LOS ANGELES — It really is a small world after all.
When he reached some of the final Armenian Genocide Collection testimonies to be indexed, translated and subtitled into English, Armenian Genocide Collection researcher Manuk Avedikyan realized he needed some help. The testimonies he had saved for last were in rare Armenian dialects — from Mush, Musadagh (Musaler) and Kessab — that he couldn’t understand.
So, he asked his friend Garen, whose family is from Kessab, if his mother could verbally translate one of the testimonies for him. She agreed, and Avedikyan brought the testimony to her house.
After she translated the testimony, Avedikyan asked her if she would be able to translate another in the Musadagh dialect, due to its similarities with the Kessab dialect and the interview was filmed in the village of Anjar, in Lebanon, where she used to live during a part of her youth.
Although she couldn’t quite understand the entire interview, her son deciphered a part of a conversation and was surprised to hear the interviewee mention the family name of a mutual friend of his and Avedikyan’s, Hovannes Zeithlian. Avedikyan sent Zeithlian the testimony and asked him to listen to it, which he did.
Zeitlhian was amazed to hear the man in the testimony speak in his dialect and talk about his (Zeithlian’s) own great-grandmother. She was one of two people who fired the first shots against the encroaching Turkish soldiers during the famous Musadagh resistance during the Armenian Genocide in 1915.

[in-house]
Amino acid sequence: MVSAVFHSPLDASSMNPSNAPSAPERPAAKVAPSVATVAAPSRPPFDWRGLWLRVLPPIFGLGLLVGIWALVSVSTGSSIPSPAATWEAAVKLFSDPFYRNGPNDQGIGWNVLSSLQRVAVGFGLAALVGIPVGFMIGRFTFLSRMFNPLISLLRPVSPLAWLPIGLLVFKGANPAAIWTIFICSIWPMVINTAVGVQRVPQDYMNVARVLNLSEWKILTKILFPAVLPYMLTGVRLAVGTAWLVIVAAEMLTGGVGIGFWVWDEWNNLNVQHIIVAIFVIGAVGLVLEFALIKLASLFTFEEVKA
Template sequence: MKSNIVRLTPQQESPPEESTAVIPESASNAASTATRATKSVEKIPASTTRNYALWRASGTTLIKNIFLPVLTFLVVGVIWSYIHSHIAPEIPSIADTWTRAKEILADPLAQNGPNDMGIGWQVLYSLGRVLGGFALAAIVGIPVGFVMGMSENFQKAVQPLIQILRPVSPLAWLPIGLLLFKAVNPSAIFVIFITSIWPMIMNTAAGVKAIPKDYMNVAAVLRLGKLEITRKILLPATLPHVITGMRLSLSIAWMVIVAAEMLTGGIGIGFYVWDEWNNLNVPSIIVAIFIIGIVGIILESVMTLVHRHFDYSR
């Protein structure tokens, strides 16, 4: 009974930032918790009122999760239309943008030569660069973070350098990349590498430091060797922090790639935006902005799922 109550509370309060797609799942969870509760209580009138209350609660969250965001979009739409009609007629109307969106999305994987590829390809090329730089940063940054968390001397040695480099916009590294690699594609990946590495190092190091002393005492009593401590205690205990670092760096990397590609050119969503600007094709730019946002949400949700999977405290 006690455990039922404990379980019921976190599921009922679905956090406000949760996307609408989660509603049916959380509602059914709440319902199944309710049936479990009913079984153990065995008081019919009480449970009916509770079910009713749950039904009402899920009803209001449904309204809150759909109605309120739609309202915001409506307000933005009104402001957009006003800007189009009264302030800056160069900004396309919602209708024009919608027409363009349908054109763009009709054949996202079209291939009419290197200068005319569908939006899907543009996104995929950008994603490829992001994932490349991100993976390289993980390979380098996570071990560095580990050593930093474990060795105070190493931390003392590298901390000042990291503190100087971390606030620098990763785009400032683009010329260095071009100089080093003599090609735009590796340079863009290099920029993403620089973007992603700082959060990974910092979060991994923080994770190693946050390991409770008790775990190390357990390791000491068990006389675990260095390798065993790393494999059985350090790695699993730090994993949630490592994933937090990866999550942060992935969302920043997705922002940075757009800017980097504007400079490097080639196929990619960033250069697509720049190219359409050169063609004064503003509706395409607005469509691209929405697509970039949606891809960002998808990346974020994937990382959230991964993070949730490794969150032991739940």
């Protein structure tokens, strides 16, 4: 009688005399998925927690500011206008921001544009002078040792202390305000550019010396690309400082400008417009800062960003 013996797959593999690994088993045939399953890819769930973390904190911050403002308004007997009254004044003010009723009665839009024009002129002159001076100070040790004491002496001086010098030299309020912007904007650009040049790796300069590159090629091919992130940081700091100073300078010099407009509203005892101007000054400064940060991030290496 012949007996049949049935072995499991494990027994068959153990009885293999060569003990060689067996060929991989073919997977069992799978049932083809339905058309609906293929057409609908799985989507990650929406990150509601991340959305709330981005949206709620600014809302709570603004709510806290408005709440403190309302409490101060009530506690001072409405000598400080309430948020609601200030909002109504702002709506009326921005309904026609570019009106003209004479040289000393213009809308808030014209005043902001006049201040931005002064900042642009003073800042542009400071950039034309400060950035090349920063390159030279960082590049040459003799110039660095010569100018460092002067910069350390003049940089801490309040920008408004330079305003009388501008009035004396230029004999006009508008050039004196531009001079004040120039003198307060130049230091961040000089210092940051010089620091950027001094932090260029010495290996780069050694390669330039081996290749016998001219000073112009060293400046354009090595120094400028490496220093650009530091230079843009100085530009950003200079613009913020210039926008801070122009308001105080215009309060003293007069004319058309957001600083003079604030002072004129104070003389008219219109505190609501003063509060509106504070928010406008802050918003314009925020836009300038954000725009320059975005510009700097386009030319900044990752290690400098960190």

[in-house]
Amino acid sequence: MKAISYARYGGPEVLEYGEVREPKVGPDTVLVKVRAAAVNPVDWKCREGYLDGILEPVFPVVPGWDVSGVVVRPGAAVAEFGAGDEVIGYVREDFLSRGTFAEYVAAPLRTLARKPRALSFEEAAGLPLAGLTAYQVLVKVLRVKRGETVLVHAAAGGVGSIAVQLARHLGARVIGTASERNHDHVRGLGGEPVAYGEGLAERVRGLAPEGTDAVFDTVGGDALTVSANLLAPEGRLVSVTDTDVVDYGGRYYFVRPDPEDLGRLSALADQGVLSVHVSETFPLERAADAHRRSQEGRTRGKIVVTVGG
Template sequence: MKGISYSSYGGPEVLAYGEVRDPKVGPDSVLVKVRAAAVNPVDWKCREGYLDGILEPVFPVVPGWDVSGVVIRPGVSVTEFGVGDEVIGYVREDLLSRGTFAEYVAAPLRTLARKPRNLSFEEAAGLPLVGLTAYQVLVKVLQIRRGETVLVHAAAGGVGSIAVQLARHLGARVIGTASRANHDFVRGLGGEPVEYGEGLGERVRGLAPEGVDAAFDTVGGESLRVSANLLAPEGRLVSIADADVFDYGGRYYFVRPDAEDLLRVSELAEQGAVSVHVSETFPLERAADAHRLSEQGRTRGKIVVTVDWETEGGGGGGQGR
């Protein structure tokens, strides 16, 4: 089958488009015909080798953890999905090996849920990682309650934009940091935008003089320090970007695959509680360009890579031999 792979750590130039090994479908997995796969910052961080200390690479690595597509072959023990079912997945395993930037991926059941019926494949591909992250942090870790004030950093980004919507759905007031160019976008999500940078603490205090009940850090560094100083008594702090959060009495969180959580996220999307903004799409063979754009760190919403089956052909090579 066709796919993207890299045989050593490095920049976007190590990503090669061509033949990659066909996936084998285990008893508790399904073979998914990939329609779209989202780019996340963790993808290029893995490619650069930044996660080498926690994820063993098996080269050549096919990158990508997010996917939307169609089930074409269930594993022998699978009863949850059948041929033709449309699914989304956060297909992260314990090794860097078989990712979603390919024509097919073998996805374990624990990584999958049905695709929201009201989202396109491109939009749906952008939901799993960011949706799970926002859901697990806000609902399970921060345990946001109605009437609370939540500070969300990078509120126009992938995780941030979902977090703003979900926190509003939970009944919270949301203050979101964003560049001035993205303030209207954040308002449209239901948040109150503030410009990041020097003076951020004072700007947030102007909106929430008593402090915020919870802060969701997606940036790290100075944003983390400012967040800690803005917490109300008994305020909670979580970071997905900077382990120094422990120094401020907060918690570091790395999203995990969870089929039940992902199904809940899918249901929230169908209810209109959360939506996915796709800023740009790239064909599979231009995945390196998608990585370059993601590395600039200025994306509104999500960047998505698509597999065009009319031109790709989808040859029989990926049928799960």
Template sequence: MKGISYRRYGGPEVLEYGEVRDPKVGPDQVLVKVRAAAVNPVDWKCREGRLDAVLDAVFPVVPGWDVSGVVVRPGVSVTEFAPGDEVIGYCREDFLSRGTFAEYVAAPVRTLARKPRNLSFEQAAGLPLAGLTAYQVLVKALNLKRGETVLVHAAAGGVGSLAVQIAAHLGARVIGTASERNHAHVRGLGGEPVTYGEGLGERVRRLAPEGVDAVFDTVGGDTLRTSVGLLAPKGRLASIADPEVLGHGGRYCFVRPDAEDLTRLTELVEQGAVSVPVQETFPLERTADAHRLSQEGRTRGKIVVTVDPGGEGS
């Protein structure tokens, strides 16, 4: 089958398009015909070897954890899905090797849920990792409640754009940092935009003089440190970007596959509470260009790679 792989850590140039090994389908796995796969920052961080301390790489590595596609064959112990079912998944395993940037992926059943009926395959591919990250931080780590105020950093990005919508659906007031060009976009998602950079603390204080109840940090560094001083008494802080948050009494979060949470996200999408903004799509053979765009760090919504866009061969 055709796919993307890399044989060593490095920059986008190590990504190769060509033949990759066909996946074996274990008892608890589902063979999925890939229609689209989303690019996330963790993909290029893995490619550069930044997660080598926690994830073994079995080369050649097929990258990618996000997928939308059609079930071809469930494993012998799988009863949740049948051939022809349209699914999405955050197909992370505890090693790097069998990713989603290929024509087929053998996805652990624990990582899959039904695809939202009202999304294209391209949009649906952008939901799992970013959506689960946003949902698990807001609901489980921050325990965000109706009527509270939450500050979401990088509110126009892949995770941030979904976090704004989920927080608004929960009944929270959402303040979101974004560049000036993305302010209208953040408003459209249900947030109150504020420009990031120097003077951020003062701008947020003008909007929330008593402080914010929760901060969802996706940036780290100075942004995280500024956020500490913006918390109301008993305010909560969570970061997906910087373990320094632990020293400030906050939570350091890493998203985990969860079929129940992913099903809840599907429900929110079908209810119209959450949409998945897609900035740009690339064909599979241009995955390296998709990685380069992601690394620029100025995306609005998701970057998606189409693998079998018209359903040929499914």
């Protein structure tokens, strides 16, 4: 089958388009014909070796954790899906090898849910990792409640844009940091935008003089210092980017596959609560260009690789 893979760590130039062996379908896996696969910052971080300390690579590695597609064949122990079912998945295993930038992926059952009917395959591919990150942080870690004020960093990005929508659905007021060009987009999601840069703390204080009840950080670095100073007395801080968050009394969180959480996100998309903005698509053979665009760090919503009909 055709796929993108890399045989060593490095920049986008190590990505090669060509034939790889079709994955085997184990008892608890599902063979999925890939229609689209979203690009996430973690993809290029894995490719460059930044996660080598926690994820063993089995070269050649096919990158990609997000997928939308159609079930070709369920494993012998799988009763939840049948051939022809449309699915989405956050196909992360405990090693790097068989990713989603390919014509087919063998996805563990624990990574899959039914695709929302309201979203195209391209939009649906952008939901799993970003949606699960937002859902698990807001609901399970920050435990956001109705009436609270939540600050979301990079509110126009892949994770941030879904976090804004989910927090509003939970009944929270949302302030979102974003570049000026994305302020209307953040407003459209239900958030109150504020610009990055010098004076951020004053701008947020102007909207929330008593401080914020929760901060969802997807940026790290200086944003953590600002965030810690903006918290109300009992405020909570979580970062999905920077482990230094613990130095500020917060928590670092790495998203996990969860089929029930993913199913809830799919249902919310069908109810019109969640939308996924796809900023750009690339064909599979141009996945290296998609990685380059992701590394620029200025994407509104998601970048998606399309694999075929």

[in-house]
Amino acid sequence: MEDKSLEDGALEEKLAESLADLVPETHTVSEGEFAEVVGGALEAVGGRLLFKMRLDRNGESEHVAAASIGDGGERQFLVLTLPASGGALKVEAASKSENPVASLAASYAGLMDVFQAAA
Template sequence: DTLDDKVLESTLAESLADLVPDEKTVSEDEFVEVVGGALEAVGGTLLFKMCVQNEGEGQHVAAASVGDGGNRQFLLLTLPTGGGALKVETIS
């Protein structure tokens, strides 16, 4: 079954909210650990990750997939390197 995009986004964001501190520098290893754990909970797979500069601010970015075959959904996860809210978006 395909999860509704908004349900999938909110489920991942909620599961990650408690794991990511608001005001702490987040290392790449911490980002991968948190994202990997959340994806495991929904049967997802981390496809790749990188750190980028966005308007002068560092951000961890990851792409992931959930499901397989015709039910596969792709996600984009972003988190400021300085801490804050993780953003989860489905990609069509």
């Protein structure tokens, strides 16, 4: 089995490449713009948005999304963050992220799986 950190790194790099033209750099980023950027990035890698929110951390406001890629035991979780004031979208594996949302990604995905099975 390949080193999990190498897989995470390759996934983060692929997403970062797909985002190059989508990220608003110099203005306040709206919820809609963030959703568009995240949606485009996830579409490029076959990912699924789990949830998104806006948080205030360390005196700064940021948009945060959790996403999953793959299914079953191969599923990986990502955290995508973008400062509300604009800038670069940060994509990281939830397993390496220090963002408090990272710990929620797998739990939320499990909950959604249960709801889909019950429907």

After discovering the testimony about his great-grandmother, Zeithlian was so excited that he translated the whole tape with the help of his father.
The coincidences didn’t stop there. That same man who mentioned the Zeithlians’ great-grandmother turned out to be the family’s next-door neighbor back in Anjar, Lebanon. Another interview of a survivor that was filmed in Kessab that Avedikyan showed his friend Garen ended up being a relative of theirs from Kessab.
“We found their grandmother, a relative, and their neighbor all in one hour,” Avedikyan said. “It’s so unexpected.”
Discovering and translating rare dialects has been an unexpected bonus of the Armenian Genocide Collection. USC Shoah Foundation didn’t know such testimonies were part of the collection when it partnered with the Armenian Film Foundation to integrate the collection into the Visual History Archive, but translating them and making them available to the public is a unique opportunity.
A small number of people do still speak these dialects, but the languages are not well-known or preserved, Avedikyan said. The Syrian civil war also threatens the communities where native speakers live.
“These people [in Kessab and Musadagh] are not going through easy times,” Avedikyan said. “These are rare dialects and the fact that this collection has a plethora of these different dialects shows the linguistic wealth of this collection, the unintended linguistic wealth.”
The English subtitles for the non-English testimonies in the Armenian Genocide Collection are expected to go live in the Visual History Archive in February 2017.